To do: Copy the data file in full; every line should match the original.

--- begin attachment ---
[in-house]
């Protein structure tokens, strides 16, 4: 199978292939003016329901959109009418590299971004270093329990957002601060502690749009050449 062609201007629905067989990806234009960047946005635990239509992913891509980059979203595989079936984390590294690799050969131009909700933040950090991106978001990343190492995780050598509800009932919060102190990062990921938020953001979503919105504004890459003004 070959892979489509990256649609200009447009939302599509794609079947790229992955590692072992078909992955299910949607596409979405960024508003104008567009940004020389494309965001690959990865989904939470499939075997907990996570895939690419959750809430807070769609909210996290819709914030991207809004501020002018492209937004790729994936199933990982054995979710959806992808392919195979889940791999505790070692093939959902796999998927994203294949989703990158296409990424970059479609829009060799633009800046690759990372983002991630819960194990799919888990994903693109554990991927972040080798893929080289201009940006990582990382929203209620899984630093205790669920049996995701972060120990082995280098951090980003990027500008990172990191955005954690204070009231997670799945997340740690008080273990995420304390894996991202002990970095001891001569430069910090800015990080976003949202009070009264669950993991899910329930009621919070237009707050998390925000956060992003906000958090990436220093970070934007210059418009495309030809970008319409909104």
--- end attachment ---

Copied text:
[in-house]
């Protein structure tokens, strides 16, 4: 199978292939003016329901959109009418590299971004270093329990957002601060502690749009050449 062609201007629905067989990806234009960047946005635990239509992913891509980059979203595989079936984390590294690799050969131009909700933040950090991106978001990343190492995780050598509800009932919060102190990062990921938020953001979503919105504004890459003004 070959892979489509990256649609200009447009939302599509794609079947790229992955590692072992078909992955299910949607596409979405960024508003104008567009940004020389494309965001690959990865989904939470499939075997907990996570895939690419959750809430807070769609909210996290819709914030991207809004501020002018492209937004790729994936199933990982054995979710959806992808392919195979889940791999505790070692093939959902796999998927994203294949989703990158296409990424970059479609829009060799633009800046690759990372983002991630819960194990799919888990994903693109554990991927972040080798893929080289201009940006990582990382929203209620899984630093205790669920049996995701972060120990082995280098951090980003990027500008990172990191955005954690204070009231997670799945997340740690008080273990995420304390894996991202002990970095001891001569430069910090800015990080976003949202009070009264669950993991899910329930009621919070237009707050998390925000956060992003906000958090990436220093970070934007210059418009495309030809970008319409909104």